The best and worst of F1's second Virtual GP

How F1 & the FIA can make the 2020 season work (1:47)

ESPN's Laurence Edmondson discusses the ways in which Formula One can still fit 18 races into the 2020 season. (1:47)

Formula One's second Virtual Racing Series event featured a former world champion, a World Cup-winning cricketer and five of the existing grid.

The Vietnam GP replacement event was held on the Australian GP circuit as the Codemasters F1 2019 game used for the series does not feature the new Vietnam circuit). Here's a run-down of some of the standout moments.

Leclerc excels at racing, struggles with tech

Charles Leclerc is one of those people who seems to be annoyingly good at everything he does competitively. The Ferrari driver needed just eight five-hour days of practice on the F1 2019 game to apparently master the virtual world of racing, winning the event from pole position.

The real entertainment, however, was to be found by watching his Twitch stream. As well as numerous, emotive complaints about how much he was sweating during the race, it soon became apparent Leclerc is not as well-versed with technology as you might think for someone seemingly naturally gifted at all things.

Having won the race, Leclerc started laughing while trying to switch off his Twitch stream -- saying "I don't even know whether I'm still live or not!" -- as he looked at the screen in a bemused fashion.

Given how quickly Leclerc had adapted to the virtual world of racing, it was at least a relatable moment for the rest of us to see him struggle to do something.

Lando's patience runs out

Lando Norris hasn't had much luck with F1's official esports series so far.

He was forced to start the opening Virtual GP, in Bahrain two weeks earlier, from the back of the grid due to technical difficulties. Those continued into the race, and he and his Twitch feed were left to cheer for the automated version of Norris -- dubbed 'Lando Bot' -- until he finally gained access to the game for the final laps.

Those issues continued at F1's most recent race and prompted Norris, who was once again left to play entertainer on his Twitch feed, to call Red Bull's Max Verstappen, who is a frequent gamer but has refused to take part in the Virtual Racing Series as he does not like the F1 2019 game.

In what must be a slightly embarrassing moment for F1 and Codemasters, Verstappen gave Norris the following bit of advice.

"Take the game off your P.C. and throw it in the bin," he said. "Have fun racing and I will never join that [event]! Bye bye!"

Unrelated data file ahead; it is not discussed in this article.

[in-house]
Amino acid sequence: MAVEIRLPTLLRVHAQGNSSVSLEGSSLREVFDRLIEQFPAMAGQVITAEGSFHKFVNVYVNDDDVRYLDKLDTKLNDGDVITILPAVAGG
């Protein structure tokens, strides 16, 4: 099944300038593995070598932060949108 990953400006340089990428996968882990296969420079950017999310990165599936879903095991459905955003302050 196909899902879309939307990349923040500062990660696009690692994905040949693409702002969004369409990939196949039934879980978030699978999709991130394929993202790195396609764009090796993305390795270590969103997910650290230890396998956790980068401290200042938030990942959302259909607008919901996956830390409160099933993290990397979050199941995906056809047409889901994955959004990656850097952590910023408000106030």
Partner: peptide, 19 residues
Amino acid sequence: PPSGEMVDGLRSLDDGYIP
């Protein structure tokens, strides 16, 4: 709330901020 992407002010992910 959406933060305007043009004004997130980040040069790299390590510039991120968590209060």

Norris eventually took the advice, uninstalling the game live on his stream.

Will he be back? Time will tell... F1 has two weeks to persuade him to reinstall the game ahead of the Chinese Grand Prix replacement event on April 19.

Ben Stokes mayhem

If you know Ben Stokes, you're probably more used to his exploits on a cricket field. The World Cup-winning English cricketer was one of the wild-card entries for the race, and he had several amusing moments through the weekend of racing.

After qualifying, the cricketer admitted to getting bored waiting for the session to end, prompting him to drive the wrong way round the circuit, causing an amused George Russell to a spin.

Stokes' exploits were being followed closely by many non-F1 fans and a couple of his cricketing peers -- England's limited overs captain Eoin Morgan and fast bowler Stuart Broad.

While Morgan suggested Stokes could get a top-10 finish, Broad was quick to reply with a video of Stokes spinning out early in the race.

Stokes finished a lap down in last place, but he was quick to suggest Broad join him next time.

That suggestion got a positive response from Codemasters' esports coordinator Dan Hawkins, who was quick to praise Stokes for his debut showing despite how the result looked on paper.

Old guard vs. New guard

Jenson Button's decision to race gave people a chance to see one of the stars of the modern era of racing go up against some of the stars of the future.

The 2009 world champion, who would later admit finding his esports debut harder than a real race at the Australian Grand Prix, given his limited practice, had an entertaining duel with Red Bull's Alexander Albon in the closing stages.

Watching that prompts an obvious race idea: an all-star race between past and present F1 drivers? Watch this space: in the world of esports it's not an outrageous suggestion at all.